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dc.contributor.authorSolivio, Morwena J.
dc.contributor.authorLess, Rebekah
dc.contributor.authorRynes, Mathew L.
dc.contributor.authorKramer, Marcus
dc.contributor.authorAksan, Alptekin
dc.date.accessioned2019-01-23T14:27:29Z
dc.date.available2019-01-23T14:27:29Z
dc.date.issued2016-04-12
dc.identifier.issn2045-2322
dc.identifier.other24186
dc.identifier.urihttp://hdl.handle.net/10919/86850
dc.description.abstractDespite abundant research conducted on cancer biomarker discovery and validation, to date, less than two-dozen biomarkers have been approved by the FDA for clinical use. One main reason is attributed to inadvertent use of low quality biospecimens in biomarker research. Most proteinaceous biomarkers are extremely susceptible to pre-analytical factors such as collection, processing, and storage. For example, cryogenic storage imposes very harsh chemical, physical, and mechanical stresses on biospecimens, significantly compromising sample quality. In this communication, we report the development of an electrospun lyoprotectant matrix and isothermal vitrification methodology for non-cryogenic stabilization and storage of liquid biospecimens. The lyoprotectant matrix was mainly composed of trehalose and dextran (and various low concentration excipients targeting different mechanisms of damage), and it was engineered to minimize heterogeneity during vitrification. The technology was validated using five biomarkers; LDH, CRP, PSA, MMP-7, and C3a. Complete recovery of LDH, CRP, and PSA levels was achieved post-rehydration while more than 90% recovery was accomplished for MMP-7 and C3a, showing promise for isothermal vitrification as a safe, efficient, and low-cost alternative to cryogenic storage.en_US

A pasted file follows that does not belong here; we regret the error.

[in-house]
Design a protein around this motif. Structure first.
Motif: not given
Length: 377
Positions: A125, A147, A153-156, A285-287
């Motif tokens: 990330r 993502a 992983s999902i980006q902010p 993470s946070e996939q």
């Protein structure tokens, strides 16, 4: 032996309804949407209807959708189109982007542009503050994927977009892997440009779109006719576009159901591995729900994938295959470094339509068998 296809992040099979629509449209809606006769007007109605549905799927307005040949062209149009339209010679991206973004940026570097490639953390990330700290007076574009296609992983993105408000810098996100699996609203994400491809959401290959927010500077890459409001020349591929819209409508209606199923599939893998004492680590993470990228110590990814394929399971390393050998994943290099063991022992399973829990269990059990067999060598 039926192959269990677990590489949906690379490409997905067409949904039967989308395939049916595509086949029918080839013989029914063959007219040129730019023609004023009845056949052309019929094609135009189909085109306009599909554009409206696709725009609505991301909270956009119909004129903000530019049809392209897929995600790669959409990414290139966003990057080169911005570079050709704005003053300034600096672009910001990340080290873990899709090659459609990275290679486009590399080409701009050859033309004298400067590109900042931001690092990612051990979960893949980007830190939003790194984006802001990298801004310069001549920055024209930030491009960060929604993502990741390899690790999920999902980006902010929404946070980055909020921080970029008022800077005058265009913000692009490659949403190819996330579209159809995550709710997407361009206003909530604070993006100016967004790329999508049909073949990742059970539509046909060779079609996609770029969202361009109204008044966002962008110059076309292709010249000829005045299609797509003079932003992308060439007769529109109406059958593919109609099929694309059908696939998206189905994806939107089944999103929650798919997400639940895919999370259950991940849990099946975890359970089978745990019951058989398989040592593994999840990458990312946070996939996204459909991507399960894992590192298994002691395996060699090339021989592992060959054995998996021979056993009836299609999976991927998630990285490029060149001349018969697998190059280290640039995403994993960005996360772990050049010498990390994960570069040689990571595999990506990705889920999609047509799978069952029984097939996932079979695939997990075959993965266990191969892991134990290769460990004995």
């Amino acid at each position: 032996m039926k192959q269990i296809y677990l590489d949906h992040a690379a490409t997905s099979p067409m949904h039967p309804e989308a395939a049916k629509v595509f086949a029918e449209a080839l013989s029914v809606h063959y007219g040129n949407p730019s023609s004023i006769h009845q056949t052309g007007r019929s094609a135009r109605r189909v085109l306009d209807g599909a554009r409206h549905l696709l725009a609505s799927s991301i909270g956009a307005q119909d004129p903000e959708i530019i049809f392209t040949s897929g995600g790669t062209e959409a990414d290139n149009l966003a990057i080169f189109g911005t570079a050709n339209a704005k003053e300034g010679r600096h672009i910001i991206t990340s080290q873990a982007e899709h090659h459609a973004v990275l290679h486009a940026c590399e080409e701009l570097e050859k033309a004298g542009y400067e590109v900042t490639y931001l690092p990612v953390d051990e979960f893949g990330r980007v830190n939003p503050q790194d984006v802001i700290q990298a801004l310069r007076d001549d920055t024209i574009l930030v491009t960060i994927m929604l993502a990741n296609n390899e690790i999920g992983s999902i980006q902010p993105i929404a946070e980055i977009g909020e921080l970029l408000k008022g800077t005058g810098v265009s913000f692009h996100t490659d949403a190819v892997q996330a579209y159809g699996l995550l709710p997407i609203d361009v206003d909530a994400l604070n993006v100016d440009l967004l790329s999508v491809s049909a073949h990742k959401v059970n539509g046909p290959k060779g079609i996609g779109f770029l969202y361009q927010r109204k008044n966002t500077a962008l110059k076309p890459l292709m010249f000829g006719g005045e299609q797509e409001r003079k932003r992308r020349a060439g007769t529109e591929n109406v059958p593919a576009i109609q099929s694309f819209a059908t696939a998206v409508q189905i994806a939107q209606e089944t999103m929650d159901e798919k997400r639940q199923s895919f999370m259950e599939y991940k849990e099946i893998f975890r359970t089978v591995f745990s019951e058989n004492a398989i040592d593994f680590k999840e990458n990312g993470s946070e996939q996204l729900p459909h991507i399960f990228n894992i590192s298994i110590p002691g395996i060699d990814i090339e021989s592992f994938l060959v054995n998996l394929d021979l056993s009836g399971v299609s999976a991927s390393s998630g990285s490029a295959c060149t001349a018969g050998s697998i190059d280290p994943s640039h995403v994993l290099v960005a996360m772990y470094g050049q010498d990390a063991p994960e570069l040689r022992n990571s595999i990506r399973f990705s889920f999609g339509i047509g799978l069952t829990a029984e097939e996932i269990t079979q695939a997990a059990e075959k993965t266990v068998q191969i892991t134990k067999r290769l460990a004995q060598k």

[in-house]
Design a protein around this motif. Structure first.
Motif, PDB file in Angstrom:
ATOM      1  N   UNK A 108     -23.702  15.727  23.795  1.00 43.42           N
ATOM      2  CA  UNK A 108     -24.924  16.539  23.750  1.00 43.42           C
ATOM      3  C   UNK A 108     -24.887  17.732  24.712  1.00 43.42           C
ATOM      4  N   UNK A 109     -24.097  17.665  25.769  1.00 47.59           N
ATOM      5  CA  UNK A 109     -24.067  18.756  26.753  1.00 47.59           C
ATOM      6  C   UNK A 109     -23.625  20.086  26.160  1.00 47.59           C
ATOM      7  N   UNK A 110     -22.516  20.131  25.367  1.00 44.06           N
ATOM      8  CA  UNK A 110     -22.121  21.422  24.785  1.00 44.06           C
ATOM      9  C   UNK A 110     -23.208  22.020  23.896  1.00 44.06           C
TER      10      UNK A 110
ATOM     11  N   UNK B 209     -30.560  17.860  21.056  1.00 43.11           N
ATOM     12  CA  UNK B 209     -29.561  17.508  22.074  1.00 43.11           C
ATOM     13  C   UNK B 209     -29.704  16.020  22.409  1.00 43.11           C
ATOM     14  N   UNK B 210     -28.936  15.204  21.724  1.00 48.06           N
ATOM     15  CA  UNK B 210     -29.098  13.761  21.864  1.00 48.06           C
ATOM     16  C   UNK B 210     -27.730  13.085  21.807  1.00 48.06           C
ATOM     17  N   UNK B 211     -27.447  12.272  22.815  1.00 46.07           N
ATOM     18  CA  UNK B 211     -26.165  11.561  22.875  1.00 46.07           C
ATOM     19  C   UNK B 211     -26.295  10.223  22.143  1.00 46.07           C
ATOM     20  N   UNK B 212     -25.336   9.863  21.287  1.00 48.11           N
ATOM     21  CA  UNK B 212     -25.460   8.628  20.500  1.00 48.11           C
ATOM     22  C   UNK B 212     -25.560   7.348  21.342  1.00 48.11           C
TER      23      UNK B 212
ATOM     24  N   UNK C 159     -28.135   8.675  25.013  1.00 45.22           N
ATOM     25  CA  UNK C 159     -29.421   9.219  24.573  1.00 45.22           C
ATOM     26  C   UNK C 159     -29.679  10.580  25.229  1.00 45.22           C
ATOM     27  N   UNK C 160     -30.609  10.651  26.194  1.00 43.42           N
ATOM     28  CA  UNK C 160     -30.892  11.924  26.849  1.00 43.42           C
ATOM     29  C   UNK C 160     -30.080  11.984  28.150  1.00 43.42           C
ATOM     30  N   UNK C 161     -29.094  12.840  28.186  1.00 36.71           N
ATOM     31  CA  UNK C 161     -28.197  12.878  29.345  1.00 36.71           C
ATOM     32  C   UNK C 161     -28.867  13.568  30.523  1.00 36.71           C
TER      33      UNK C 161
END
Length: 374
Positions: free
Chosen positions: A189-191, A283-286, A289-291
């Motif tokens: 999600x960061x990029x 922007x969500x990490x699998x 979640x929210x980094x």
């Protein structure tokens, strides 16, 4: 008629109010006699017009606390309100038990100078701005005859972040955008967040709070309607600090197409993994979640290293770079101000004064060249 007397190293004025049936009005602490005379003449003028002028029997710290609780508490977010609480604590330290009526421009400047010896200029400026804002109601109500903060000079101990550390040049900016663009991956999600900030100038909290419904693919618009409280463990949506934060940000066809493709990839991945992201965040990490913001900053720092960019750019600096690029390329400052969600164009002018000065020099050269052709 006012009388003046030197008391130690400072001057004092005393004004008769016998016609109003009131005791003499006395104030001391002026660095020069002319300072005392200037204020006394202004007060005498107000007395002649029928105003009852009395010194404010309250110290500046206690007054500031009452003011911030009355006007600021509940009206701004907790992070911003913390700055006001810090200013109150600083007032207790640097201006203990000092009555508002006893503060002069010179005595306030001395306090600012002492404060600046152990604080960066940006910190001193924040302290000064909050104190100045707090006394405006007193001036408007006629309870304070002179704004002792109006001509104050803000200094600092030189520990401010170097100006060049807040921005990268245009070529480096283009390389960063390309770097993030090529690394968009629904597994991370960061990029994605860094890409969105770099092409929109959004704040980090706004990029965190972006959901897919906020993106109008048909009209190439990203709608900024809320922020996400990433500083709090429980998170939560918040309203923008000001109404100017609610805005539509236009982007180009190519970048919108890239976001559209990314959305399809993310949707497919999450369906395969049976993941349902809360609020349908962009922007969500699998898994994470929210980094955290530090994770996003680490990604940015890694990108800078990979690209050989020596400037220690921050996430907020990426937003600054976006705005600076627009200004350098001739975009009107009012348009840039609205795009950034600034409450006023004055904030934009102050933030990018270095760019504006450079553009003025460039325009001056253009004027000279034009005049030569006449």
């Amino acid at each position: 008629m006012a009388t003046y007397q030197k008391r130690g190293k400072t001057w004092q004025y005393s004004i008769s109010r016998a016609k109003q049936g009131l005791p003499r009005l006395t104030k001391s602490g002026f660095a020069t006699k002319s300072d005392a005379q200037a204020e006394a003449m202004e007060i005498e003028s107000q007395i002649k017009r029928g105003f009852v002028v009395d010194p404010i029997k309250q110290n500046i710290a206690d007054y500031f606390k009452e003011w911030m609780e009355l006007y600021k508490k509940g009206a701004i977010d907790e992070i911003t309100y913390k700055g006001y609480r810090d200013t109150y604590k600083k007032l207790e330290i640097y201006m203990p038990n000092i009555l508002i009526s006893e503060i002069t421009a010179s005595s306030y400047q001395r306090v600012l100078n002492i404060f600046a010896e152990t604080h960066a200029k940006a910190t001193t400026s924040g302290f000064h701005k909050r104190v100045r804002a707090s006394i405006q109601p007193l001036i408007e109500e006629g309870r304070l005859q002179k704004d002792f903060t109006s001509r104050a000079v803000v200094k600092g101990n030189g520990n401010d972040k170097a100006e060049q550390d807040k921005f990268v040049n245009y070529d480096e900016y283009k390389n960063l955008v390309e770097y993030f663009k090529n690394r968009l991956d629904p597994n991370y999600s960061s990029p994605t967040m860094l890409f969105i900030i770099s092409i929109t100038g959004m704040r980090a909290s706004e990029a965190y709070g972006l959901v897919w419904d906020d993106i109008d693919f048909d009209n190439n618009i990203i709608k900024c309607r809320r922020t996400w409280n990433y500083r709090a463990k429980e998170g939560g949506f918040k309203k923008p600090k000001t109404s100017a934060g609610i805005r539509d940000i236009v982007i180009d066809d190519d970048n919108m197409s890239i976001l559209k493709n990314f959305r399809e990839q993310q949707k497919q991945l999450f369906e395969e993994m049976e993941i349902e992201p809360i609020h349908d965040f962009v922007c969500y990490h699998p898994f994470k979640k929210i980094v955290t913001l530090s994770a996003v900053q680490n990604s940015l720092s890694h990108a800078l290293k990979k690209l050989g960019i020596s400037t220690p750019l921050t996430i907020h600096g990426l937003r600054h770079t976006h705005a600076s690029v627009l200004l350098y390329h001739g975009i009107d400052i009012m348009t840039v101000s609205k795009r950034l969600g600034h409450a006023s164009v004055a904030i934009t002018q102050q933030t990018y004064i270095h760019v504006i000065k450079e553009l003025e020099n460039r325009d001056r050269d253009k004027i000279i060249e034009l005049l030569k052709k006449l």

dc.description.sponsorshipNIH-NCI grant [5R21CA157298]
dc.format.extent14
dc.format.mimetypeapplication/pdf
dc.language.isoen_US
dc.publisherSpringer Nature
dc.rightsCreative Commons Attribution 4.0 International
dc.rights.urihttp://creativecommons.org/licenses/by/4.0/
dc.subjectc-reactive protein
dc.subjectlactate-dehydrogenase
dc.subjectinduced denaturation
dc.subjectbiomarker discovery
dc.subjectcold denaturation
dc.subjectfrozen state
dc.subjectstabilization
dc.subjectcancer
dc.subjectblood
dc.subjectvitrification
dc.titleAdsorbing/dissolving Lyoprotectant Matrix Technology for Non-cryogenic Storage of Archival Human Seraen_US
dc.typeArticle - Refereed
dc.contributor.departmentSchool of Biomedical Engineering and Sciencesen_US
dc.description.notesThe authors thank Ms. Goeun Heo for her valuable assistance with electrospinning. This research was supported by an NIH-NCI grant (5R21CA157298) to A.A.
dc.title.serialScientific Reports
dc.identifier.doihttps://doi.org/10.1038/srep24186
dc.identifier.volume6
dc.type.dcmitypeText
dc.identifier.pmid27068126


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Creative Commons Attribution 4.0 International
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